Yes, very expensive and time consuming, especially if converting from FAA to JAA. Let me guess, you have been getting the hard-sell from a USA-based training organisation like Comair (an airline-owned school blah blah blah)? Don't do it if all you plan to do is bring your licence back to Europe. It's best to go JAA from the start. Beware of the prices. They tell such half-truths and sometimes straight lies about how much it will cost.

Within both types of licenses, are there any "extra" countries where these licenses can be used?

Yes, lots for each, but you will have to refer to official documents for who accepts what.

Are there any other ATPL licenses available/recommendable?

You mean Australian, New Zealand, Brazilian, Canadian? Sure, but you have to think about where you plan to work. JAA is best, in my opinion, it is the easiest to convert, from my knowledge.

Are type ratings also mined with political crap?

Less so than the basic licences, but that's something minor to worry about, and not until you are at that stage.


I hope that helps.


User currently offlineHoward500 From Spain, joined Dec 2004, 77 posts, RR: 1
Reply 7, posted (9 years 7 months 2 weeks 5 days 15 hours ago) and read 2735 times:

Thank you all for your comments, they are very much appreciated!!!
Veneplus5, thank you specially. One thing, you metion, Comair, what a suprise! That is eactly what ive been looking into, but the thing is they offer me a JAA ATPL licence plus the possibibility of working for them as an instructor for a while to build up to 1000 hours for a price that sounds reasonable (specially now that the $ isnt exactly strong), but i dont want to be naive! Any further comments about this academy will be appreciated1

Anyway thanK you again.



advice is a form of nostalgia
User currently offlineVneplus5 From , joined Dec 1969, posts, RR:
Reply 8, posted (9 years 7 months 2 weeks 5 days 5 hours ago) and read 2722 times:

One thing, you metion, Comair, what a suprise!

It's not a surprise at all, that's why I mentioned them specifically  Wink/being sarcastic

Don't worry - everyone who is doing their research comes across them eventually and we all get the Comair hard-sell.

The JAA programme is new since the time I was doing my research. It may well be worth doing. I haven't looked at it myself, but does sound interesting.

At risk of turning this into 'The Professional Flight Training Thread', here are some things to think about:

It's a huge decision that will cost you between 50,000 and 100,000 US Dollars. That is a serious amount of money in anyone's language.

First: Think how much are Acme Flight Training Company in Sunny Beach, Florida quoting for a 'Zero to ATPL' course.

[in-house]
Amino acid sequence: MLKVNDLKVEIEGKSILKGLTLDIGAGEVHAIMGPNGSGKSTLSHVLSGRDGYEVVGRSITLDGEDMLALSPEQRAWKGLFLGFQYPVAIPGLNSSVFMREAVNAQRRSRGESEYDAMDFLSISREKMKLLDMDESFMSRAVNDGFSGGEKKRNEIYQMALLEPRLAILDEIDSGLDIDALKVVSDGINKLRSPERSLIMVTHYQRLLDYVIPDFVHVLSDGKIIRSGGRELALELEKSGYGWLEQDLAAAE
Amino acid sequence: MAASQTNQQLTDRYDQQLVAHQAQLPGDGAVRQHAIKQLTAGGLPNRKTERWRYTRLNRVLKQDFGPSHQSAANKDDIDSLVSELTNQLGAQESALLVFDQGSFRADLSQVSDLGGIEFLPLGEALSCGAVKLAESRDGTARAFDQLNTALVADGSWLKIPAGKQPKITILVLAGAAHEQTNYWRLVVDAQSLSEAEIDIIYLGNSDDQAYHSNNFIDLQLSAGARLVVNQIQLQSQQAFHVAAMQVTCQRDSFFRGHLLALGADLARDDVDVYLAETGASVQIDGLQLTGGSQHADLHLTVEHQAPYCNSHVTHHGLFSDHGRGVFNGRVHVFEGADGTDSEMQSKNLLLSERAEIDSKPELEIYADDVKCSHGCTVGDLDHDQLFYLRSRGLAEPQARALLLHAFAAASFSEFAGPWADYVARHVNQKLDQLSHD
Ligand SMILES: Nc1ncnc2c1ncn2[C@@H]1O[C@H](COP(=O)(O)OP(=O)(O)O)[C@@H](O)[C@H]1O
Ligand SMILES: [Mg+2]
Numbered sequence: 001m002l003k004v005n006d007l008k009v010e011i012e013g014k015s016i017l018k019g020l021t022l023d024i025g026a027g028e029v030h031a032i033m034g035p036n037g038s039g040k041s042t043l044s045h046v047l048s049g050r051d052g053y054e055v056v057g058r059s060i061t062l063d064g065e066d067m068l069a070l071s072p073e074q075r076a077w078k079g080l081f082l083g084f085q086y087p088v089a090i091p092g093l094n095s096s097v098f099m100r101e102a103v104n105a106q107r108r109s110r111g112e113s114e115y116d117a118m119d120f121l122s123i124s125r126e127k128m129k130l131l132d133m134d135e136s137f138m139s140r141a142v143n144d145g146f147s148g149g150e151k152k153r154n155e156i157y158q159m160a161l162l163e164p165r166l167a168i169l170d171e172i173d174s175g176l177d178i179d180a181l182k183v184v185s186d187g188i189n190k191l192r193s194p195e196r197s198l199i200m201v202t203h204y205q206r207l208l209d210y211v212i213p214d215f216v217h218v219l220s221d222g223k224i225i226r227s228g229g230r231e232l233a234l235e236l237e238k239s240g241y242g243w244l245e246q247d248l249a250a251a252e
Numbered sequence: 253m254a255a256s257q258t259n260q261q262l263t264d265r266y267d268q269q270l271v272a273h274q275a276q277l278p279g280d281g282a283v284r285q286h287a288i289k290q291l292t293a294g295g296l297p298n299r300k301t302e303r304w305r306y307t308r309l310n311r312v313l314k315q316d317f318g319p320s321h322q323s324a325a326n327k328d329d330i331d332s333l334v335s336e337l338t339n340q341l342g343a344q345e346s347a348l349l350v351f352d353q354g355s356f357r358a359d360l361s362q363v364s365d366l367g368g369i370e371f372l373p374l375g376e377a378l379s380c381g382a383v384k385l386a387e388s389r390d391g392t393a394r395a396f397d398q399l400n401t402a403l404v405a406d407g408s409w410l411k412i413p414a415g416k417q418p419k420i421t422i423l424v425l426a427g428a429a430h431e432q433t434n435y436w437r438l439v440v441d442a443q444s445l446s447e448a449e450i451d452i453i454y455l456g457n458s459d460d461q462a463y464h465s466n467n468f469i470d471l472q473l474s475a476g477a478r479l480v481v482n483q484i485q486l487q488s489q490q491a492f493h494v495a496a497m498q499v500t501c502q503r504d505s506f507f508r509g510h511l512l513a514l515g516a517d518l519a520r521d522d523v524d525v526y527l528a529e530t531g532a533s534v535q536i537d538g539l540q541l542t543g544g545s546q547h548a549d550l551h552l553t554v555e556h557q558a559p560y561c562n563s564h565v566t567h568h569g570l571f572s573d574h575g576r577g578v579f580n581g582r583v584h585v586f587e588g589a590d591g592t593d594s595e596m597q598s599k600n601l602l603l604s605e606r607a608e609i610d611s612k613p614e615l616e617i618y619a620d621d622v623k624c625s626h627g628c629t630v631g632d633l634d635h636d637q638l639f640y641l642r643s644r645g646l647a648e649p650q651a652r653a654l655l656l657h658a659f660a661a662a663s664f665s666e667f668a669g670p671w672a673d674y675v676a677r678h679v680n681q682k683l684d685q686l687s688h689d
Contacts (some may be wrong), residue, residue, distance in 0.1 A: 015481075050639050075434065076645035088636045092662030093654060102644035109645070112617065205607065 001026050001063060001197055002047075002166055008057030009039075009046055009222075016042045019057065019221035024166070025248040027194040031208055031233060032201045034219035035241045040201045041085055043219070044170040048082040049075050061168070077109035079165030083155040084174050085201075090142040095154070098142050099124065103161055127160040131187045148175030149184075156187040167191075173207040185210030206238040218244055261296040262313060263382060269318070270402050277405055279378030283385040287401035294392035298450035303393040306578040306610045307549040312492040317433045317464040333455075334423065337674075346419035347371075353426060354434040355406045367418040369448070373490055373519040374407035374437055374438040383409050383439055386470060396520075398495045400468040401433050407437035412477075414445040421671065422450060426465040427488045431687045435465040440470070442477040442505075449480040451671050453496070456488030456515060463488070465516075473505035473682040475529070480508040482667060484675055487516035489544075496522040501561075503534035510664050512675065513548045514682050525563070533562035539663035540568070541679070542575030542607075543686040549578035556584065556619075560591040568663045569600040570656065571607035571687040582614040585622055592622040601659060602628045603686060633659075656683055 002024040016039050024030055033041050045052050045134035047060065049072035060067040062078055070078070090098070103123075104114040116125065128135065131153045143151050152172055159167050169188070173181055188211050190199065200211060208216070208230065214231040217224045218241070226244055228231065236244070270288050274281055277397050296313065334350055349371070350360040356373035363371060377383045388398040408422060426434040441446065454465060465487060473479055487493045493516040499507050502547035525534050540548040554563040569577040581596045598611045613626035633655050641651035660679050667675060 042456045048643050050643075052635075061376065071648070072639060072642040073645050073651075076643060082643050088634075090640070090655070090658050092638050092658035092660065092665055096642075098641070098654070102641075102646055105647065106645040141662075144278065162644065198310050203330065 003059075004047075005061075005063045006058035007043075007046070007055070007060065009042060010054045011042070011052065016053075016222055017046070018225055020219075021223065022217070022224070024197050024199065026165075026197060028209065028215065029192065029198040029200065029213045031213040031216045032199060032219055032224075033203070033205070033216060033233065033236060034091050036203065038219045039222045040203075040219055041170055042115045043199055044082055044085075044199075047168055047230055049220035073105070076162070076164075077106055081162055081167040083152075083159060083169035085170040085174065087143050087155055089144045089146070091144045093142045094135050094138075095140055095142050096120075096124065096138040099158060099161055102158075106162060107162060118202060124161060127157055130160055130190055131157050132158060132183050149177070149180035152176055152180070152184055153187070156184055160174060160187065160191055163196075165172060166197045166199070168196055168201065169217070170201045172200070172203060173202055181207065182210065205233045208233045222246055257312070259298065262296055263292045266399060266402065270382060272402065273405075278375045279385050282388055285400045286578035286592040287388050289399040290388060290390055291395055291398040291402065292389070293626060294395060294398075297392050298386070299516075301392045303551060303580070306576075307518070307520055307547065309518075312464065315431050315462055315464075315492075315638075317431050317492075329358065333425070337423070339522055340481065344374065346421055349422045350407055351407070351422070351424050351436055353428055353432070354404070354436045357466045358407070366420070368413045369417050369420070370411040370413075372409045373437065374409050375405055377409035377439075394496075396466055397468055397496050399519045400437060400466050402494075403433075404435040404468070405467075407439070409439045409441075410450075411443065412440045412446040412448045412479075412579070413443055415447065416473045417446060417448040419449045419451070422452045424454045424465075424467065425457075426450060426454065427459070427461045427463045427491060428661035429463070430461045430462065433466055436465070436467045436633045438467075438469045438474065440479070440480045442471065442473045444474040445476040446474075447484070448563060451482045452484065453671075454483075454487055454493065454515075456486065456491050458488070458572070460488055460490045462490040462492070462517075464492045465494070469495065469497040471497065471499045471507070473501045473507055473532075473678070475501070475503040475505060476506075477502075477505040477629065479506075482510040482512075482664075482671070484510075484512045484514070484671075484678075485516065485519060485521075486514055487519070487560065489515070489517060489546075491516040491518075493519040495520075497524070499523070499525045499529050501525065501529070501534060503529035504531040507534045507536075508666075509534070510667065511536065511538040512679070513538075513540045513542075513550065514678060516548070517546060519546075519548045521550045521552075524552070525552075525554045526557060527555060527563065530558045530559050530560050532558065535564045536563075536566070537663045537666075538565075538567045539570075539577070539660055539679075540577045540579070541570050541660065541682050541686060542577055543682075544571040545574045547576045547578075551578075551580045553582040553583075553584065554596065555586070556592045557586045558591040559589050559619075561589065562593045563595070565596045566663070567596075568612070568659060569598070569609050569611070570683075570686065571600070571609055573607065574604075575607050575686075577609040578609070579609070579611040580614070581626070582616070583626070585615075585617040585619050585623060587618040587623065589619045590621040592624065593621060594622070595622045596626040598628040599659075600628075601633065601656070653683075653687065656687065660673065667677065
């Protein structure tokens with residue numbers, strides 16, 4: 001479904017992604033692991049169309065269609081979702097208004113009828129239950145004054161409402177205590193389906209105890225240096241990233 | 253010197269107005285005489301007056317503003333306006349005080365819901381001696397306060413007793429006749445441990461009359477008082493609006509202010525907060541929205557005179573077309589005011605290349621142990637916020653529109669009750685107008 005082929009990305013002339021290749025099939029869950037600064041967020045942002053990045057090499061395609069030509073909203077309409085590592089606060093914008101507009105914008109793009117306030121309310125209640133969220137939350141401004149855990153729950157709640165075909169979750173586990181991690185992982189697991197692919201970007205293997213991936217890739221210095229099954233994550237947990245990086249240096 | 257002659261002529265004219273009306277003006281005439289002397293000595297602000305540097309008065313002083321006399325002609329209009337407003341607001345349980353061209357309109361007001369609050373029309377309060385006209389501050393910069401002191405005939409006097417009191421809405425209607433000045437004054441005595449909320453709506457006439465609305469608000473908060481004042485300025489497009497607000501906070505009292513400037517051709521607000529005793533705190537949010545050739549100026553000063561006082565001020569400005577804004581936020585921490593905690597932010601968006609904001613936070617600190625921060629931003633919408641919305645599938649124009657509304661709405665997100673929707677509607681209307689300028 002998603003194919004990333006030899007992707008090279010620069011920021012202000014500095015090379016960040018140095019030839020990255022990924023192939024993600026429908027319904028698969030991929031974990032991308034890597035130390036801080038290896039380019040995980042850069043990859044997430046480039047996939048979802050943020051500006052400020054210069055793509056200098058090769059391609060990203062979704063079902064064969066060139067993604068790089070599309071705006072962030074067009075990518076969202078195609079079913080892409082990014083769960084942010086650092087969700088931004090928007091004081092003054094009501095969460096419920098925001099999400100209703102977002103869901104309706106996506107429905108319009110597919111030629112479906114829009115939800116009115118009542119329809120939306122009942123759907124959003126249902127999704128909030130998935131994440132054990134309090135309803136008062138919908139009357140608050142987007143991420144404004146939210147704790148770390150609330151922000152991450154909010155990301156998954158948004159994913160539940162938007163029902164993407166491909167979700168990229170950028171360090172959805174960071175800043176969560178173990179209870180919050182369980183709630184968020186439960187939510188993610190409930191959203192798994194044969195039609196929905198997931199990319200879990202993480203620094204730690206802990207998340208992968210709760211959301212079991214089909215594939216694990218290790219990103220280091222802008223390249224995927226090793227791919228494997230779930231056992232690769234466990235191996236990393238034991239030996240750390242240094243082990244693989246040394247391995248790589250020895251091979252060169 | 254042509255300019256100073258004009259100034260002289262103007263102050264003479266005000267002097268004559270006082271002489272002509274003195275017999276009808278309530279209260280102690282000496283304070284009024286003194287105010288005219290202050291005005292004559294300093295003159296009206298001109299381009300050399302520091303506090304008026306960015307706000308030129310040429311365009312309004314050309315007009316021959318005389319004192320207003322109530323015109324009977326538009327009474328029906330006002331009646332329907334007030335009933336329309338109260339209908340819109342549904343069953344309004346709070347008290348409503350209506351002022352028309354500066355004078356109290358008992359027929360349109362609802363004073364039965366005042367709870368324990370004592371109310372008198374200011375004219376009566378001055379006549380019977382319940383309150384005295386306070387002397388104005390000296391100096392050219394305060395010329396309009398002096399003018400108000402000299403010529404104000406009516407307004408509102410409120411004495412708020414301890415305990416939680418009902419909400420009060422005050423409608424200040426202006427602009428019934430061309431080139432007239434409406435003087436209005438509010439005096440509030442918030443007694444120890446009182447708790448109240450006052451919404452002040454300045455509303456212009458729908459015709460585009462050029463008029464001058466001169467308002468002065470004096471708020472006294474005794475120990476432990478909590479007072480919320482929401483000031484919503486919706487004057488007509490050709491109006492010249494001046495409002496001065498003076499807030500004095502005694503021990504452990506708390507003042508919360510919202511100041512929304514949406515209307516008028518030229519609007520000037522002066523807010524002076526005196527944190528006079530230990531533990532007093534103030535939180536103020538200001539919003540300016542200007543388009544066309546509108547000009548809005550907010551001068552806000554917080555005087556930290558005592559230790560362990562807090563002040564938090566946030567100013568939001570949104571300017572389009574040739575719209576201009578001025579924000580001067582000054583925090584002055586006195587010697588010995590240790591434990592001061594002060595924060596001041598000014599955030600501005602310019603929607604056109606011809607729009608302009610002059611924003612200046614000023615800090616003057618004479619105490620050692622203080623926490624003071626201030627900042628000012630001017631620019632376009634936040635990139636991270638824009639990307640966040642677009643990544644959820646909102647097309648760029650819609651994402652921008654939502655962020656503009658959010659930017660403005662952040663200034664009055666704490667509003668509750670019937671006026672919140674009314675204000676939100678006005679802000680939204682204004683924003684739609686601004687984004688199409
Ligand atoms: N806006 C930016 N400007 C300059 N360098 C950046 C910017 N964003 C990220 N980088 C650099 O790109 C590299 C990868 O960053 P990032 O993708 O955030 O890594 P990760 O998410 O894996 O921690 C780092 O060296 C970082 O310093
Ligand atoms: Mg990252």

Take that figure and add one third at least. I know a lot of pilots and none of them have ever finished anything within the minimum number of hours quoted by the training school.

Now add the cost of accommodation. This can represent a large percentage of the total cost. Is it a flea-infested hotel miles from the school? or is the accommodation on-site and owned/operated by the school? You will need to speak to current students and get their unbiased opinions of the accommodation. 'PPrune' is a good place to start.

You will be there for at least 18 months. It's unlikely you will want to do anything, even aviation, for 1.5 years without a break. Factor in a few trips back home, or at least for some time away from the work.

Other things you will need to pay for: Beer, toothpaste, condoms, shaving cream, phone calls, the list goes on and on....

These things may seem obvious, but those incredibly low prices quoted by Comair in their glossy brochures suddenly become a lot less attractive when you add all the extra things that I have mentioned above.

Now, the big test is this:

Do the same calculations for a school in Spain (or wherever you are based).

You can do a PPL locally just about anywhere. The ATPL theory can be done at home where you may be paying zero rent, depending on your circumstances, or there is probably a school that does it full-time classroom-based too. I understand that not everyone can do such a hard course as self-study. You may even be able to do a full-time or part-time job at the same time which will save you a lot of money.

Next, you can do the CPL/IR/MCC all in one go at various schools all over Europe. They often do it cheaper if you agree to do all of the units with one school at the same time.

What is the result? Compare the two prices and you may be very surprised at the result.

It's a half-truth at best, and a total myth at worst, that the USA is better and/or cheaper for professional flight training. The old excuse the British use for going to the USA is that the weather is better there (more flying days possible) but that hardly applies to you in Spain. In fact, there is a very big British school based in Jerez if I remember correctly. Might be worth checking out.

I'm not trying to turn you off the idea of Comair etc, but as I said above: The flight-training industry, more than any other, is full of bullshit, myths, and people trying to separate you from your money.

Be careful, do your research thoroughly, and NEVER pay any large amount of money in advance, no matter how attractive the discounts may be.


User currently offlineHoward500 From Spain, joined Dec 2004, 77 posts, RR: 1
Reply 9, posted (9 years 7 months 2 weeks 4 days 8 hours ago) and read 2708 times:

Vneplus5

Your comments are all very true and well recieved, I will continue to do my reaserch carefully untill I decide what to do.

I will check out schools in Europe but no one that I have encountered so far really offers anything close to 1000 hours upon completion, most of which are paid as you fly for them as an instructor. Seems woth the living expenses abroad.

Anyway, thank you again for your comments!!!



advice is a form of nostalgia